Tuesday, February 26, 2013
The Future Manager by Lynda Gratton
I think, particularly as a manager, we have to have something that’s valuable and difficult to imitate. And the challenge with the future is that artificial intelligence and technology, in many ways, gets rid of the job of the manager. In fact, I’ve written an article that got a lot of press called “The Death of the Middle Manager.” And what I argued is that actually Gen Y don’t want to be managed, and if you think your job is about being the conduit for information, well, open innovation gets rid of that because everyone can talk to everybody else. And if you think your job is about collecting information and assimilating it, giving it out again, well, artificial intelligence can do that. If it’s not doing it now, it will in the future. So actually, potentially, the job as a middle manager disappears.
So what then should we be doing? The point I want to make is that the interesting research on technology shows that actually what technology does is it gets rid of a lot of the simple jobs but it also requires people conceptually to think, to imagine, to articulate, and so the marvelous thing about the future, potentially, is the manager’s job becomes more interesting because more of it either can be done by team members, or can be done by artificial intelligence, or can be done by technology. And so I think that being good at something really is important because if you want to manage others, they have to believe that there’s something about you that they can learn from.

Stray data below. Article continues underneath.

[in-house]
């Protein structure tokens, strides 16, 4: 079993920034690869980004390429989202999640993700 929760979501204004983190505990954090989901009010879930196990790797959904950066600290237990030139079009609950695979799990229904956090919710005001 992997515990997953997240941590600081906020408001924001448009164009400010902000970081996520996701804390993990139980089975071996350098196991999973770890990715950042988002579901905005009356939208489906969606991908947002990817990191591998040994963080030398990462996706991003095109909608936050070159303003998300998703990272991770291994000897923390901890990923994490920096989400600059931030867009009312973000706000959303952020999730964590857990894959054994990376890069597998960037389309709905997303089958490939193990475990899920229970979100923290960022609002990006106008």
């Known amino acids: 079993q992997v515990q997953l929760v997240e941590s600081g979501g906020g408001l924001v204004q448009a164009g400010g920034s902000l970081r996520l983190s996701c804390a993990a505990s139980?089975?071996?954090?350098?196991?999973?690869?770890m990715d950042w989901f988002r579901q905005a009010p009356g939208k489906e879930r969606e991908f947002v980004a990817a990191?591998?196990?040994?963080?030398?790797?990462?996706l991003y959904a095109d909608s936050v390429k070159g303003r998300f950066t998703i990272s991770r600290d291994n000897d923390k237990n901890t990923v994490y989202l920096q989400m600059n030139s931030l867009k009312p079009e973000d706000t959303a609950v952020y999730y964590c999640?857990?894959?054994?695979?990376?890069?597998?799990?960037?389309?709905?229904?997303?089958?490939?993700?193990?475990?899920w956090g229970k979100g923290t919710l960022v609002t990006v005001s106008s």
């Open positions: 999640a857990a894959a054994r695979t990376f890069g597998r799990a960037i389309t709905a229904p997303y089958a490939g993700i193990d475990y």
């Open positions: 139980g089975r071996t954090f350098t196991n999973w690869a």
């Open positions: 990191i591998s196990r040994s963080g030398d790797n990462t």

So management becomes as much about coaching and training as it is about supervising. But to be a coach or a trainer, you have to know something well, and to know something well, you have to become a master of it. And to become a master, you have to be prepared to put in the hours to learn something and to be coached and to apprentice yourself.
One of the things that worries me about our contemporary life is that shows like America’s Got Talent makes you think that everyone can be famous and it doesn’t take much to be talented. Well, that just is not the case. You have to work hard to actually learn something and to gain mastery.
So one of the questions I would invite people to think about is, what do I love doing? What do I have that others don’t have? And what am I prepared to do to get better at that? What would it take for me to master that skill, that network, that set of ideas? And if you can do that, then that puts you in a very, very good position for the future